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A few new characters now roaming Goldfield

Updated January 8, 2021 - 8:41 am

Goldfield has new welcome signs in the form of donkeys thanks to a federal grant awarded by Travel Nevada, a state agency that promotes Nevada as a travel destination.

Travel Nevada awarded grants to Esmeralda County under two programs, the COVID-19 Rural Recovery Grants program and the Volunteer Impact Program. Funding for both grant programs came from federal Coronavirus Relief Funds through the federal Coronavirus Aid, Relief, and Economic Securities (CARES) Act.

Chris Moran, the media relations specialist with Travel Nevada, said Esmeralda County received a $30,000 COVID-19 Rural Recovery Grant for “Welcome to Historic Goldfield” signs at each end of Goldfield.

“The signs are envisioned to be the first step in creating a unique marketing brand for Goldfield,” Moran said in an email.

Astrid Larsen and her husband Richard Johnson, the two artists behind the project, who moved to Goldfield two years ago from Washington State, said the idea was born during the conversation they had over a year ago.

“We imagined how wonderful it would be to have donkey sculptures on corners in town, which led to the idea of donkey silhouettes that people could decorate,” Larsen said.

Thanks to the grant, they were paid to create the signs in the shape of donkeys. Larsen said they projected a photo of a real donkey, cut out numerous copies in wood, and primed them. They created 30 donkeys, however, they quickly realized that it wasn’t enough as the project generated a lot of interest among the local business community.

“The donkey project has really created a spark. People have had a blast decorating them. … We tried getting as many out as possible, but we are kind of new here, so we don’t know everybody. It was a great way to meet people though,” Larsen said.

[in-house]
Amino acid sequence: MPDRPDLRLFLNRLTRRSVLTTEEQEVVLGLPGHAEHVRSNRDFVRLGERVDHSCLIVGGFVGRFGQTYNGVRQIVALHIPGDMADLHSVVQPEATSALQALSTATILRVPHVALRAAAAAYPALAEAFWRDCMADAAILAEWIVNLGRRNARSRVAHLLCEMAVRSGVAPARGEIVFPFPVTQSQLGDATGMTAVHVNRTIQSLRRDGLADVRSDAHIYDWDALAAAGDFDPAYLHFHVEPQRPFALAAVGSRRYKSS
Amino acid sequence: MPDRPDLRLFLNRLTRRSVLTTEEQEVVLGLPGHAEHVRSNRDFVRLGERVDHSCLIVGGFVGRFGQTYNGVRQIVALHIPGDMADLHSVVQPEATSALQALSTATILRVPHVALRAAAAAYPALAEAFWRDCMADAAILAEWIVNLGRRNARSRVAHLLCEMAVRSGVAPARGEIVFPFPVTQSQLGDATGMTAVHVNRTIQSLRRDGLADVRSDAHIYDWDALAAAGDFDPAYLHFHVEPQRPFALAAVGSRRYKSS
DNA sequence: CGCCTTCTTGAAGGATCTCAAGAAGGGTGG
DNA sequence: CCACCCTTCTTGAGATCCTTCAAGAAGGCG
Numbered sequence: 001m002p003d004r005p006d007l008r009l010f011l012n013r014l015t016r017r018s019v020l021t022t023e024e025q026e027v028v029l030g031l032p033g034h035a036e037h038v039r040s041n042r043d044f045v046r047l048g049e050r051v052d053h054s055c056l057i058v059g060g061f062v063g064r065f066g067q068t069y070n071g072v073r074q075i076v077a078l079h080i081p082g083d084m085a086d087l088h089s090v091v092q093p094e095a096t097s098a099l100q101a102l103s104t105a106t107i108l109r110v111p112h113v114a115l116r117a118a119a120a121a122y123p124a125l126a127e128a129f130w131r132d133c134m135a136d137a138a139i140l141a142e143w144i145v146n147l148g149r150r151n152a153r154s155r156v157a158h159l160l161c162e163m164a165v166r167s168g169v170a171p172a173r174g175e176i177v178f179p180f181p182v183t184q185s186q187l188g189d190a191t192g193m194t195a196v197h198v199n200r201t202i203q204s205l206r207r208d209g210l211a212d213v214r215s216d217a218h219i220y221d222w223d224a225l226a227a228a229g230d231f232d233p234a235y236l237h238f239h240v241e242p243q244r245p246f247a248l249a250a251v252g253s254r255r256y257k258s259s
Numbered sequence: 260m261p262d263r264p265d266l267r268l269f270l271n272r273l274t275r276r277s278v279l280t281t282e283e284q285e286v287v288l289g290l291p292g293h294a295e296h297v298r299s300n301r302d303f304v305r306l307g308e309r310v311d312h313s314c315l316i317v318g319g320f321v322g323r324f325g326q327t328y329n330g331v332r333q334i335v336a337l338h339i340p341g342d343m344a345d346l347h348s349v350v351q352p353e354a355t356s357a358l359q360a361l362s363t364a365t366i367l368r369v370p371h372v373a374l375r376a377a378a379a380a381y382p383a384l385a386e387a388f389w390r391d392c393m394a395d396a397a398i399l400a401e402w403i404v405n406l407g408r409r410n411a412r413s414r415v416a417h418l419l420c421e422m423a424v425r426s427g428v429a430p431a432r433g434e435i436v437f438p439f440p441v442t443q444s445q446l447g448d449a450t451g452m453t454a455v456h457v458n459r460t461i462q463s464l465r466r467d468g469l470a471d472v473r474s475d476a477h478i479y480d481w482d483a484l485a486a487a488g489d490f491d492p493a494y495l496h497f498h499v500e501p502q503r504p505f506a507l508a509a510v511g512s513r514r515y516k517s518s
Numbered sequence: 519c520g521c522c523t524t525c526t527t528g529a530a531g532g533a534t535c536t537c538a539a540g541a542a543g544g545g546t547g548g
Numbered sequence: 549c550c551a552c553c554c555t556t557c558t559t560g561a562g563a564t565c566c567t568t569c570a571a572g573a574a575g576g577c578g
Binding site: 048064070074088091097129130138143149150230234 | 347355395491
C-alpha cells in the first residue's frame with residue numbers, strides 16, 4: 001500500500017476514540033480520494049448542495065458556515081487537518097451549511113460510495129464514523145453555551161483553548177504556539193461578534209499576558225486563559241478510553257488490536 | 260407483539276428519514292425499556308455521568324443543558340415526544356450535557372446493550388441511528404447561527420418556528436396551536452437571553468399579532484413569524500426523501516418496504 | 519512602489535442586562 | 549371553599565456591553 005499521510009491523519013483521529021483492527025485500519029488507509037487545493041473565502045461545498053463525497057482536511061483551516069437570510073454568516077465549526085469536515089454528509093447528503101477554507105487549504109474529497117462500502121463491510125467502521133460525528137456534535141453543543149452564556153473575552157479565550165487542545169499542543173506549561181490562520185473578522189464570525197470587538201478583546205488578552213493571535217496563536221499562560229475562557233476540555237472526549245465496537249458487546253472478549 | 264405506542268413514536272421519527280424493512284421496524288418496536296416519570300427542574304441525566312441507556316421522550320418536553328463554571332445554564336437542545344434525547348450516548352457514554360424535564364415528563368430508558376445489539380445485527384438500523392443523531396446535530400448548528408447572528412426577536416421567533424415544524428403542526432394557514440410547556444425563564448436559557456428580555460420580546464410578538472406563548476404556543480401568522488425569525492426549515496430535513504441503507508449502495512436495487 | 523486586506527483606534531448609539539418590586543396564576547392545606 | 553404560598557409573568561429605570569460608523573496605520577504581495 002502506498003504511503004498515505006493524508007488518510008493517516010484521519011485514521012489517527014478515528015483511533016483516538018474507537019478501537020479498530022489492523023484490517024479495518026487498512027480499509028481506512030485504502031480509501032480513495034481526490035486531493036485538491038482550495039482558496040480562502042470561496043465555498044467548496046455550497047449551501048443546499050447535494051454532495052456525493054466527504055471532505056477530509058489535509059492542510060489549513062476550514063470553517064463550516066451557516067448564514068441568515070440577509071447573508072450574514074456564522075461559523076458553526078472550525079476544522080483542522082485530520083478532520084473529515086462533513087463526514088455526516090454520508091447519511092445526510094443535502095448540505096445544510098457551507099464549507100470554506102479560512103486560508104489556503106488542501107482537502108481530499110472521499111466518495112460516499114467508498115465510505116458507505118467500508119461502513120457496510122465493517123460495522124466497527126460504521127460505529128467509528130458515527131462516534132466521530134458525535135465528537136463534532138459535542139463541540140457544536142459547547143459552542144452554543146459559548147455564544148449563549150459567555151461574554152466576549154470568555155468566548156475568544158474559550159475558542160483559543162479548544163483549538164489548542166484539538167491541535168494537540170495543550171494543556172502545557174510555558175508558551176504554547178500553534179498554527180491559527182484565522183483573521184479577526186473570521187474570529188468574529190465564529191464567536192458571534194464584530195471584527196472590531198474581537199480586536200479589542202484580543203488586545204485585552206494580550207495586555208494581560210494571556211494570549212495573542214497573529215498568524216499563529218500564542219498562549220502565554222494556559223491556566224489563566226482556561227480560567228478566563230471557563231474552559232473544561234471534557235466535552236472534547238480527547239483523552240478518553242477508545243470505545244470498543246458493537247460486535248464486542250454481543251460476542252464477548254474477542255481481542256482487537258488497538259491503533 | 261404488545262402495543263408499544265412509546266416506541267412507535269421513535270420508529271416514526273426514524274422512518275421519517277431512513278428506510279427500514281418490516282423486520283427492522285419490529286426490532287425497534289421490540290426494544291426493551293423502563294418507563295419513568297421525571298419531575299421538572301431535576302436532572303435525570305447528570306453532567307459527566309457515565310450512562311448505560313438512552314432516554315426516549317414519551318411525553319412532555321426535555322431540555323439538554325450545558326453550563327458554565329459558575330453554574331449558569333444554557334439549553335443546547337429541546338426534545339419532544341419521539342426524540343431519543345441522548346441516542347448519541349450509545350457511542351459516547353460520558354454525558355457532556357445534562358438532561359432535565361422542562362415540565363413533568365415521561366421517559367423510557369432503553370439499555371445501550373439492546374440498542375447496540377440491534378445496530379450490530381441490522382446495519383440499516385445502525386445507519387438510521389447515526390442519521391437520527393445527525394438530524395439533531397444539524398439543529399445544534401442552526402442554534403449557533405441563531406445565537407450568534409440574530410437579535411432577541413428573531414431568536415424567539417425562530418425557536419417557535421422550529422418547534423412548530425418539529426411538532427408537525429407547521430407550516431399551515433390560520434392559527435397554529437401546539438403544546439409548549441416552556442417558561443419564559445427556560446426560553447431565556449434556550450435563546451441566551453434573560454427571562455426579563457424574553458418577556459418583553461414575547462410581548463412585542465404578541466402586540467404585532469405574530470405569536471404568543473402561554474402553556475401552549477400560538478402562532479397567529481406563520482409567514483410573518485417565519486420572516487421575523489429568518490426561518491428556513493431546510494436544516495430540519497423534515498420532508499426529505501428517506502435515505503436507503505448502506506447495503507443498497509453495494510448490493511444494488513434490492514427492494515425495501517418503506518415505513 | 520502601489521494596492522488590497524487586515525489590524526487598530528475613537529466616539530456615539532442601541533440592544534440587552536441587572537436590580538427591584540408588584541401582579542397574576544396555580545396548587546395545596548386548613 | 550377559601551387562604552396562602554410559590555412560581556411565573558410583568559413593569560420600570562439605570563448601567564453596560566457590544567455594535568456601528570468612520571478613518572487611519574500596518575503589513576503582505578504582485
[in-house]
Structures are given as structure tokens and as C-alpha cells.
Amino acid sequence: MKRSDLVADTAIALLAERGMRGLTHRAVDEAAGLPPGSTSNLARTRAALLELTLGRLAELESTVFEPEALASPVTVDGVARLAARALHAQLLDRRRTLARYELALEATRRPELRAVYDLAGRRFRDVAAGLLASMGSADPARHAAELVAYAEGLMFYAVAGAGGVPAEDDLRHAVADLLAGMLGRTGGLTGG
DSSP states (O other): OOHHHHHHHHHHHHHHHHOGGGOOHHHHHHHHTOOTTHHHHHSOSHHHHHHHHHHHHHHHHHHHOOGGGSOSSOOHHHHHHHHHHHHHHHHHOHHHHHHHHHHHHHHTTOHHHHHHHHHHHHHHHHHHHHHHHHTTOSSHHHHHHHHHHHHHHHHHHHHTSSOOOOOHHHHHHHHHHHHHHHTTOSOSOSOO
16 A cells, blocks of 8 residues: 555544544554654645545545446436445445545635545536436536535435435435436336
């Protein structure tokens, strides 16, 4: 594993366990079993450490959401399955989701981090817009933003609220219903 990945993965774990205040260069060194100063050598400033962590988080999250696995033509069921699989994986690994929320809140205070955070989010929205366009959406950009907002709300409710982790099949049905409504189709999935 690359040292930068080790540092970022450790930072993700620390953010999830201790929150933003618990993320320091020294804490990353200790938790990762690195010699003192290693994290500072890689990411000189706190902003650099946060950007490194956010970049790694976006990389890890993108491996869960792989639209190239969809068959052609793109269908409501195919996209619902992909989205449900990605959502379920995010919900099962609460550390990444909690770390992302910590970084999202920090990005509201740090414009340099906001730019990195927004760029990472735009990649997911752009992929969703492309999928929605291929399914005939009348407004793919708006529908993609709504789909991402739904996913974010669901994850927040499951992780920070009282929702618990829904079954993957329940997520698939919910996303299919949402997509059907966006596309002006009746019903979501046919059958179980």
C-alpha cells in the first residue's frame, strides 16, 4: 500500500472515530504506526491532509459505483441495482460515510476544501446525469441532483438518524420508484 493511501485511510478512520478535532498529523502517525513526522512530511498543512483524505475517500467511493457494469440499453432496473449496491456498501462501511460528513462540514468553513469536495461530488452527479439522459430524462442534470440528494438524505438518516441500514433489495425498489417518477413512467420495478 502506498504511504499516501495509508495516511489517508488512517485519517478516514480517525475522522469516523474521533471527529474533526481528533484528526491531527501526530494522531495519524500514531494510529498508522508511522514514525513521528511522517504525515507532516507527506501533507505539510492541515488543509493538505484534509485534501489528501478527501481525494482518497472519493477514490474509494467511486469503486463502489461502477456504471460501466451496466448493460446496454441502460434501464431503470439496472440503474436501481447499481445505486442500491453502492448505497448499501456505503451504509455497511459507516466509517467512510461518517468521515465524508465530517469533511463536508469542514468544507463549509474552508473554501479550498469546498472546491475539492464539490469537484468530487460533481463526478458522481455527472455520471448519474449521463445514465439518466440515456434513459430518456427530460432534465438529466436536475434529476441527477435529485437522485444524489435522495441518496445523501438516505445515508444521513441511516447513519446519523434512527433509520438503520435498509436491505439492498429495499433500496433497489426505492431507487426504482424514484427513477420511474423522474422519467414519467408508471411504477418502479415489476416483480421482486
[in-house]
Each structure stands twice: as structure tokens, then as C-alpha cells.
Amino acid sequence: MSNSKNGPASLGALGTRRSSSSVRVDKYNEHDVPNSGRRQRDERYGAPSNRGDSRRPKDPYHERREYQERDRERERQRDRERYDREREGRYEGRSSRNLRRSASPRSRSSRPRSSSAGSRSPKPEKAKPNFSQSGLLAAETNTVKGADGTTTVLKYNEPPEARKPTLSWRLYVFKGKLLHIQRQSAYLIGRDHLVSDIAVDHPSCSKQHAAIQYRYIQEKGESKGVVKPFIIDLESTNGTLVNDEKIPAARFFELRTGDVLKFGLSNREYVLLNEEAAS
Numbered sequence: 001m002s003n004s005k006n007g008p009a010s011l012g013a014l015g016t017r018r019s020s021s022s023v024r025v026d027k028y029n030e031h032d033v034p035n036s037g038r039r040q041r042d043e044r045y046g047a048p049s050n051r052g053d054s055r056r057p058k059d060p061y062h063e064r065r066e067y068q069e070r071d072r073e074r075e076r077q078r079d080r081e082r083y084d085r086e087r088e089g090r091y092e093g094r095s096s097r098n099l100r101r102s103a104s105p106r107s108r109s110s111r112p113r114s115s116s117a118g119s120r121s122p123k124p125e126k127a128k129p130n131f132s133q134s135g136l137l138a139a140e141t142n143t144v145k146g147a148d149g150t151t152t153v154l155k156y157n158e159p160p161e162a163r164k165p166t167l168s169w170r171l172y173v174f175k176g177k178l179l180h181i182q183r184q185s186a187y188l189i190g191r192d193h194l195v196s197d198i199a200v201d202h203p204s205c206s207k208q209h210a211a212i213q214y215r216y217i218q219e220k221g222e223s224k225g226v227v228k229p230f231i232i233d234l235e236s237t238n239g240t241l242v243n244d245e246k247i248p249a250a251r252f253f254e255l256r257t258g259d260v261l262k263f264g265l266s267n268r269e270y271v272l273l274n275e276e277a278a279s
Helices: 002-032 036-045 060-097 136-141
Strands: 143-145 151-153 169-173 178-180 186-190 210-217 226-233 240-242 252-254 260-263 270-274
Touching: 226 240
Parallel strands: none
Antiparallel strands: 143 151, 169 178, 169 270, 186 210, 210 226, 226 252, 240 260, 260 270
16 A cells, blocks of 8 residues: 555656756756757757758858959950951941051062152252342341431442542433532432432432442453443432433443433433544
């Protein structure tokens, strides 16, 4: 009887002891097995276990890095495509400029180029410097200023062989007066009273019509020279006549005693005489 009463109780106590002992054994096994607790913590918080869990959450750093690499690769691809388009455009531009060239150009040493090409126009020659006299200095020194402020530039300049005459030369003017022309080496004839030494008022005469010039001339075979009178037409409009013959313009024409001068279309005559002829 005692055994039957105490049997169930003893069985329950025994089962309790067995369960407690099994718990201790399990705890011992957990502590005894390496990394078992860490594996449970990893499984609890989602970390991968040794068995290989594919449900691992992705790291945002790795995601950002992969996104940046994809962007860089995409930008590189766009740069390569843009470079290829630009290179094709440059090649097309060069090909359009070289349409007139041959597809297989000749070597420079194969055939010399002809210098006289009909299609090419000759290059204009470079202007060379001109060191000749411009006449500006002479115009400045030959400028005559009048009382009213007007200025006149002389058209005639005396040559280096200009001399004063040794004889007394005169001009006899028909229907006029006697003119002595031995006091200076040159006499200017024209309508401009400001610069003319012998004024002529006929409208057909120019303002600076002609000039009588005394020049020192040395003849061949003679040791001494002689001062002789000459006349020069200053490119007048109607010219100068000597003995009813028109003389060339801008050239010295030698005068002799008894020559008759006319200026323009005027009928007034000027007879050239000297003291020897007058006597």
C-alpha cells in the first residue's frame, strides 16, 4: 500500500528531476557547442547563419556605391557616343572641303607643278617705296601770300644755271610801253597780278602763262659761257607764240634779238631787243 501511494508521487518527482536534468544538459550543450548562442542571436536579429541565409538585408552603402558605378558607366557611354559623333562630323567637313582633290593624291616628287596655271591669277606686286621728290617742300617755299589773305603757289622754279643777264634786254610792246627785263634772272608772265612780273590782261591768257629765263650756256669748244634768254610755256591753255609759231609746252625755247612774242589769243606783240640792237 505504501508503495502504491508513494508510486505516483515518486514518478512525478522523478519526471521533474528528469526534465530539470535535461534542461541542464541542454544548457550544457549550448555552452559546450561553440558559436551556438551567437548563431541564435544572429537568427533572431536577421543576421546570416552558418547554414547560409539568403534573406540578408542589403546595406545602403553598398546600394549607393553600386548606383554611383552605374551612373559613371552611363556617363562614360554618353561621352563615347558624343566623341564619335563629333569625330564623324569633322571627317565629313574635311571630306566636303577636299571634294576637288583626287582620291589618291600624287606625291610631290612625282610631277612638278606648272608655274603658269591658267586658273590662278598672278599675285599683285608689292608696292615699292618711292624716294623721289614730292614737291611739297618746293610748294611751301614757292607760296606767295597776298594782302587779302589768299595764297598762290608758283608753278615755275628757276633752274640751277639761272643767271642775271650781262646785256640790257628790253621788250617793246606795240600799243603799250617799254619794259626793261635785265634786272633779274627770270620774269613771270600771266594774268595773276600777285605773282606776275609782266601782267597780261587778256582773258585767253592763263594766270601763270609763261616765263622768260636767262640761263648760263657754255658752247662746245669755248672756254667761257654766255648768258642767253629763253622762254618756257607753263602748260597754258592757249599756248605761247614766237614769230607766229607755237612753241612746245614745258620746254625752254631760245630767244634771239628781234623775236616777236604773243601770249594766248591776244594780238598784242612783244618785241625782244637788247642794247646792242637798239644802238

She said people would show up late at night at her doorstep asking for donkeys.

“One night at about 8:30 or 9 p.m., there was a knock on our door and two women stood there in the dark. They said, ‘We want a donkey for the Mozart Club, but we are going to decorate it as a surprise for Gina! So don’t tell her!’ The donkey appeared by the bar a couple of days later and it’s amazing! It’s the best one in town.”

Now, the wooden donkeys greet visitors at many businesses such as Dinky Diner, Barbarossa&Bear, and the Mozart Tavern, along with other establishments throughout Goldfield.

Esmeralda County also received a $4,250 COVID-19 Rural Recovery Grant to add new signage on the Goldfield Visitor Center, Moran said. The county also received a $5,300 Volunteer Impact Program grant to establish a town mascot that will promote the town’s organizations and businesses “in a unique and memorable way,” Moran said.

While Travel Nevada runs a regular Rural Marketing Grants program, the grants awarded to Esmeralda County are stand-alone grants that were possible because of the coronavirus relief funds. Since these grants were funded by federal money they were subject to federal guidelines, mainly that the projects were supposed to be completed by Dec. 30, 2020.

“Wild donkeys are the first animals people see when they travel through this part of rural Nevada,” Larsen said. “They are part of mining history. And now they kind of represent the wild spirit of rural Nevada! People here are independent spirits who don’t like to be told what to do. They are a little wild themselves.”

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